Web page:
In a lot of kidney diseases, these podocytes are injured, or they undergo what’s called “effacement,” where the foot processes retract. If you have effacement or if you have a podocyte that dies off, your kidneys are now more leaky. They start leaking what normally stays in your blood into your urine. If that podocyte death or injury continues, that leads to irreversible kidney scarring and eventual kidney failure.
When we look at what the current clinical standard for treatment is—immunosuppressants, the anti-hypertensives—they do work for some forms of kidney disease, but they don’t address this fundamental problem of podocyte dysfunction or podocyte loss. One of the projects that we’re looking into is how we can take advantage of natural stem, or progenitor, cells in the kidney and then engineer them so that they can regenerate these podocytes that are lost.
There’s been a lot of exciting findings in this area. The Romagnani group in Italy found that if you collect urine from kidney disease patients, you’ll see that they lose progenitor cells into their urine. They’ve shown that if you take these cells from kidney disease patients and then inject them into mice with kidney disease, these cells actually go into the mouse kidney and start regenerating new functional podocytes.
If we can collect urine from people with kidney disease, grow these progenitor cells, and then inject them back into the patient, this could be a new way of treating patients with their own progenitor cells. What we’re trying to do is better engineer them so this can be a more effective clinical therapy.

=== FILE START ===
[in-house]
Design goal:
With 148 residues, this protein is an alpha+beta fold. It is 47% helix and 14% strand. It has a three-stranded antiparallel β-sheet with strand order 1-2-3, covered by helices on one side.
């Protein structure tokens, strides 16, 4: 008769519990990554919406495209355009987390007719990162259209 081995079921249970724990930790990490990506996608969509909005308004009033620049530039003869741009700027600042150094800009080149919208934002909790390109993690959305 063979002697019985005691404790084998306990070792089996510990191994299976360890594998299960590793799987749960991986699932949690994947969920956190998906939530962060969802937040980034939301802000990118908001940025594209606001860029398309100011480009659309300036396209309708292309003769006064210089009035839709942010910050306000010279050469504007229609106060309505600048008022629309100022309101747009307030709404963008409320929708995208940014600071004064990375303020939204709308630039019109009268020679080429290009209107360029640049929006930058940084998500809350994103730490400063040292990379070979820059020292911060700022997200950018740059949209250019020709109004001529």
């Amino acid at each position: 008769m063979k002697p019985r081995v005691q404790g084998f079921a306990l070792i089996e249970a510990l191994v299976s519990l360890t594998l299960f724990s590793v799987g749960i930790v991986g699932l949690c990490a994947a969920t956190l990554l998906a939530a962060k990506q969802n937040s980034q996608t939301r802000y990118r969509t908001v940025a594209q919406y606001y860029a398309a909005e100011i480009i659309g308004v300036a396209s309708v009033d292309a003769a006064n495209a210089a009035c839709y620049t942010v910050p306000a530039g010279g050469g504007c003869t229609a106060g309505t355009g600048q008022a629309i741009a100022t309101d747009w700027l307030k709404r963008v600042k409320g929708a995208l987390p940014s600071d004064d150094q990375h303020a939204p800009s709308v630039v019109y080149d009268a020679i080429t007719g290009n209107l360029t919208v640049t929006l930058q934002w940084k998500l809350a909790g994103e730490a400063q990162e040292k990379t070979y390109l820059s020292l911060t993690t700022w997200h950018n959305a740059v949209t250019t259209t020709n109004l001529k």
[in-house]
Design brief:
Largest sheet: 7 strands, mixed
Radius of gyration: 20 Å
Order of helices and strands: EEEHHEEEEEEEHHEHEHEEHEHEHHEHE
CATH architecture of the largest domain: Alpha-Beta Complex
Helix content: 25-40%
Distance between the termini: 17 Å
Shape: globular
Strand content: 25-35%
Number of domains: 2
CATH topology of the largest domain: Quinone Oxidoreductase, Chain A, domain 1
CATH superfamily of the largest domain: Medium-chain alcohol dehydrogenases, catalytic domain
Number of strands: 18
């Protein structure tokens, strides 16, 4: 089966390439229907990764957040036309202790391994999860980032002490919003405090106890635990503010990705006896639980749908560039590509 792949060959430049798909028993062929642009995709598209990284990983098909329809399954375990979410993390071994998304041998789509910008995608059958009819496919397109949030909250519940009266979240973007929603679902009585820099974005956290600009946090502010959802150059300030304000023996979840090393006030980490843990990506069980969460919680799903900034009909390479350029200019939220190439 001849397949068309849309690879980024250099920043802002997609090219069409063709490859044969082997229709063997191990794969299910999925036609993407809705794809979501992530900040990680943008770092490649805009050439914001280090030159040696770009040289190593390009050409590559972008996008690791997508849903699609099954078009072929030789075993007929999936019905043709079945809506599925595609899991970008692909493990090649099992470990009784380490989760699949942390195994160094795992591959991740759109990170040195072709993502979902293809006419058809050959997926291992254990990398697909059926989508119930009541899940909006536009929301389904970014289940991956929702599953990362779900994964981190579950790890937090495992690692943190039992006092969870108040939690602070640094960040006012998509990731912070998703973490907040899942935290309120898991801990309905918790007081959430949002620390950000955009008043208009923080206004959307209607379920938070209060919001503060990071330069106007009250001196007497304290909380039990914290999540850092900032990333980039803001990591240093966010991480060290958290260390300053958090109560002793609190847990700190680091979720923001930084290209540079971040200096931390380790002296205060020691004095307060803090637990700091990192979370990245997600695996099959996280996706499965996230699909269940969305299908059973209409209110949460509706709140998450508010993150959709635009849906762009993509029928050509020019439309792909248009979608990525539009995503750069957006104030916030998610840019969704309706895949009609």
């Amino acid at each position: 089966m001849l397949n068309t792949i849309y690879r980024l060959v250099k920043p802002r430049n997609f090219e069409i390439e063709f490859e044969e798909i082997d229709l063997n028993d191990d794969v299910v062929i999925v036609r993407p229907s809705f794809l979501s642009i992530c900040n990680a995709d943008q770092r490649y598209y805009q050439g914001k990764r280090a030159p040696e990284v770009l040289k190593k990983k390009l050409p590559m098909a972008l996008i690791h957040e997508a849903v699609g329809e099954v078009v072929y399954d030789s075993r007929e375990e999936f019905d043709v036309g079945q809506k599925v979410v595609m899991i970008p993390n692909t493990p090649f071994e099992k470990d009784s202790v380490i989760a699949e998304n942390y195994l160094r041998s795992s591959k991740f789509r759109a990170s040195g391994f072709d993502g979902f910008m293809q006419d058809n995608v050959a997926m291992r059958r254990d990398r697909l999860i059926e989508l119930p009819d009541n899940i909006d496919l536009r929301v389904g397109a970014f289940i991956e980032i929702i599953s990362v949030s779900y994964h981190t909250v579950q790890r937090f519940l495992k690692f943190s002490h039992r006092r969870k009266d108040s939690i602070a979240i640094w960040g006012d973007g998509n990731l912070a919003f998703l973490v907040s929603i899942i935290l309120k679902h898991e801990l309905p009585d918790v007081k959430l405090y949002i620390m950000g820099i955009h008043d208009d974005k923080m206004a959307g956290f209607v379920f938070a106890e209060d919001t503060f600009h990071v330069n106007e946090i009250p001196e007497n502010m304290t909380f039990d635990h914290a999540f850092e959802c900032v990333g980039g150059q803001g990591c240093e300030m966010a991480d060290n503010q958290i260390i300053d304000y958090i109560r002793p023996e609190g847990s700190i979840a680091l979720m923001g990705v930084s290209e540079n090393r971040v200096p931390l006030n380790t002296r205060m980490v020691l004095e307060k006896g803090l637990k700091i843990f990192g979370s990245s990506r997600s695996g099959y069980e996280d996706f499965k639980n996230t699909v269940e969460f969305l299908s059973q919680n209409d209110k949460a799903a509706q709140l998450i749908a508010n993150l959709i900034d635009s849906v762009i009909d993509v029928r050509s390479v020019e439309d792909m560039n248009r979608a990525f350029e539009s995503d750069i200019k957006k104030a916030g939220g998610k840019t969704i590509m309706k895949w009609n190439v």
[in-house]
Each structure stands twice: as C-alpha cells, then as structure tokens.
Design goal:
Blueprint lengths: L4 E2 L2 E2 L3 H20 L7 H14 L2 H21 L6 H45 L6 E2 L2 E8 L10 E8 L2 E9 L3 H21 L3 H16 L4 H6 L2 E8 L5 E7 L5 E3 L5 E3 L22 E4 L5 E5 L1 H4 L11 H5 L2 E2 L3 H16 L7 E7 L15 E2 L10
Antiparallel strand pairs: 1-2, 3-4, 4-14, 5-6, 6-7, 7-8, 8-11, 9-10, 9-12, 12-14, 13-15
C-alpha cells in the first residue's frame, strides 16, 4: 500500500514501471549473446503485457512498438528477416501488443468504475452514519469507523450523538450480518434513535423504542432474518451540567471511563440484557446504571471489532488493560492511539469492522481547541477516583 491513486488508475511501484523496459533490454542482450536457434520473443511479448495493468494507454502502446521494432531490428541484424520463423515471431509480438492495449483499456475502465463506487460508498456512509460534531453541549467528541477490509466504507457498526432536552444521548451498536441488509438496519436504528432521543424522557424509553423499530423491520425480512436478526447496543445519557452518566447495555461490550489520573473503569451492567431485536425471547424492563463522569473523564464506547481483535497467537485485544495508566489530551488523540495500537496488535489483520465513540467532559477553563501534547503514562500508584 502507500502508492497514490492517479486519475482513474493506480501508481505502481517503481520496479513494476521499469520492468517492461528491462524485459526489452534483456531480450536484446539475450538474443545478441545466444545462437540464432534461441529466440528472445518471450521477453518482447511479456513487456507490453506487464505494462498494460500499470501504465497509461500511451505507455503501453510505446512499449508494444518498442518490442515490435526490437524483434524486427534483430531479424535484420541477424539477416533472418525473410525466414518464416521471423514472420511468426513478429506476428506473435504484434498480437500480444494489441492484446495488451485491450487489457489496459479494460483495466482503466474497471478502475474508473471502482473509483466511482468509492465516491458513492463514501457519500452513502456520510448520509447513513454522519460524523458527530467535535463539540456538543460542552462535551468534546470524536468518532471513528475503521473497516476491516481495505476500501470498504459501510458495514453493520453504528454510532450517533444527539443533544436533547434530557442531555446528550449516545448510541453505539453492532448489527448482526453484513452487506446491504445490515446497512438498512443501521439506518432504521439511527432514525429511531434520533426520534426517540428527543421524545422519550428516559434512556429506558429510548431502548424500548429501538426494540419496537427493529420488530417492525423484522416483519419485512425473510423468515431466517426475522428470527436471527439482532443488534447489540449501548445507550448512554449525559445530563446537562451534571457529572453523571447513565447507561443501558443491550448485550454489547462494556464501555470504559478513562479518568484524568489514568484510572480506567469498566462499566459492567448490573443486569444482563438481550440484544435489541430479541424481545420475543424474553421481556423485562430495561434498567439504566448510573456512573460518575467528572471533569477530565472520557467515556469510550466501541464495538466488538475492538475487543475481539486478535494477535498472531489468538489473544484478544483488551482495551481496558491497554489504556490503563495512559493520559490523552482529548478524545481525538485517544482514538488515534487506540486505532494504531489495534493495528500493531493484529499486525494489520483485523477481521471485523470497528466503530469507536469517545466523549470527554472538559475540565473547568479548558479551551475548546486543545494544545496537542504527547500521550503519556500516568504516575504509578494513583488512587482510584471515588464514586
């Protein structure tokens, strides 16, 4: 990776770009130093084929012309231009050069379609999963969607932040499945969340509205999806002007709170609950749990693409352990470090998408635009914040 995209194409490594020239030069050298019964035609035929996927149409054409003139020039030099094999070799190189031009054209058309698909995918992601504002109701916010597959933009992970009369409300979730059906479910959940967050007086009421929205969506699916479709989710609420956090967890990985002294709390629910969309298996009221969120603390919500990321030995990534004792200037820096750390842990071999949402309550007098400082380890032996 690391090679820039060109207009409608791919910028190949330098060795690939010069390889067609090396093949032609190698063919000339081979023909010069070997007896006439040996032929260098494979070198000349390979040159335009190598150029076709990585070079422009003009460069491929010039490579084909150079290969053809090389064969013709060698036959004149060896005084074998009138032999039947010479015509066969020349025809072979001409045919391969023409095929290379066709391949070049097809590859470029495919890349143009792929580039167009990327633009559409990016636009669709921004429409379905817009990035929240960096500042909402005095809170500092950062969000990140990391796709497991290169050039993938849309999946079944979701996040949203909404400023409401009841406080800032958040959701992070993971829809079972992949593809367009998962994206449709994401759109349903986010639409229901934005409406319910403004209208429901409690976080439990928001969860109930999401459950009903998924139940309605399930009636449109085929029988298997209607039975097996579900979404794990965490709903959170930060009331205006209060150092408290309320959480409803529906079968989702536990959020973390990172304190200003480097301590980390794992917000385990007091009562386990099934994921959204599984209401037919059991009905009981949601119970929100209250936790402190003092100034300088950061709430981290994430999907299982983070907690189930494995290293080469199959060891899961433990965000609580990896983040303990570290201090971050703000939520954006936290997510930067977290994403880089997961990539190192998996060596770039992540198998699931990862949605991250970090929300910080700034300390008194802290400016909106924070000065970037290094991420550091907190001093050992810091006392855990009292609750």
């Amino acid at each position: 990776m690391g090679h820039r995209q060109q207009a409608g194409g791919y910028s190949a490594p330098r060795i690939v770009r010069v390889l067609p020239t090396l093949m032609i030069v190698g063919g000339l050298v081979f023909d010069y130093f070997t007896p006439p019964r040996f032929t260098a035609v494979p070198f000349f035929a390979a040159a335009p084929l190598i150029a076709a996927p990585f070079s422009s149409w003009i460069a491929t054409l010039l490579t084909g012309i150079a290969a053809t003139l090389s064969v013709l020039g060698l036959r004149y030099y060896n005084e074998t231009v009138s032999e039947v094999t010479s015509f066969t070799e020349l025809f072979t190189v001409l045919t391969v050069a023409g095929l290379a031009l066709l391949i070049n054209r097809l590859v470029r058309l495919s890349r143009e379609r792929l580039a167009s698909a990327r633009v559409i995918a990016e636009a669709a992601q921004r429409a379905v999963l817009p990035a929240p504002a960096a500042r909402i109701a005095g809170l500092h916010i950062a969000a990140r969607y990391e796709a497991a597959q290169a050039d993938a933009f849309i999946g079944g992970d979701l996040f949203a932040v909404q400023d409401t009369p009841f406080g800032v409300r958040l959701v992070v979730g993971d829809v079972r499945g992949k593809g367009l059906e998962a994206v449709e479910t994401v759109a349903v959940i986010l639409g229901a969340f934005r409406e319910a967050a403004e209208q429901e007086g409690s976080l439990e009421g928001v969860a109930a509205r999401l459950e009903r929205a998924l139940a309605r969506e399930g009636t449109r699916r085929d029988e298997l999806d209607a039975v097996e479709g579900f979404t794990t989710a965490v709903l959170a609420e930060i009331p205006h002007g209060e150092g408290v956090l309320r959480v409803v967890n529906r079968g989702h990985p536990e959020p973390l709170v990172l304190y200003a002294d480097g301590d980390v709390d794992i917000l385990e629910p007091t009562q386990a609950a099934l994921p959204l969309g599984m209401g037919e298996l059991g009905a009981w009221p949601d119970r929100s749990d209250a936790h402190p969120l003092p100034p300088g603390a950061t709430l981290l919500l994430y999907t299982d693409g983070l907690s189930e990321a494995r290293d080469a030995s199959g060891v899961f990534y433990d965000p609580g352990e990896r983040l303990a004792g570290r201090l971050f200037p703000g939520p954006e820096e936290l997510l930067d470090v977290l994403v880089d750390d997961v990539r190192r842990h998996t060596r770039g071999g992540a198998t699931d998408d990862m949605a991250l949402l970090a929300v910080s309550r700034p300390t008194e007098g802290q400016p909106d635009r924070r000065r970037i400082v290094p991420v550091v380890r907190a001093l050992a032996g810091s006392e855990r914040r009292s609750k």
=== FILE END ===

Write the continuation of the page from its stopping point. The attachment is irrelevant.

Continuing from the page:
We’re looking at two different routes to go about this. One way is to graft nanoparticle “backpacks” onto the stem cells. One of the challenges whenever you inject cells into the body is that you lose a lot of them, because they have to be able to circulate for a long time; they have to be able to survive before they can actually get to the kidney. If we have nanoparticles that are loaded with the drugs, the cells could survive better. It’s kind of like these cells are hikers, and we’re giving them backpacks with food and a map so they know where they’re going. These drugs can enhance their proliferation and survival once they’re injected into the body. We think that these will be able to help these cells survive longer, so that they can go into the kidney and actually differentiate into functional podocytes.
The other route we’re considering is a non-viral means of genetically engineering these cells. In viral genetic engineering, there’s always a risk of oncogenesis, or causing cancer, because viruses inset DNA randomly within the host DNA. If we can do this non-virally, we increase the safety profile so that the DNA does not necessarily insert randomly. We then provide a means of genetically editing these cells, which means that in patients with genetic causes of kidney disease, this might be a curative therapy for them.
Through our work with nano-sized materials, we are beginning to understand that the charge (neutral, positive, or negative) of these materials influences where these materials go in the body. Our recent work has shown that materials that are very negative in charge home into the kidneys more than other organs. We’re very excited about this data, as this knowledge can lead to improved drug carriers that better deliver drugs to the kidneys for kidney disease, and hopefully improve the side effect profile of those drugs.
Since receiving the grant, we’ve been able to make great progress isolating and growing renal progenitors from patients’ urine, and in initial animal experiments, these cells seem to decrease proteinuria and regenerate lost podocytes. We’re excited about these preliminary data, and are continuing with our “backpack” formulations.
NephCure: You were able to receive funding for this project in a very particular way. Could you describe the grant you received and how it’s different?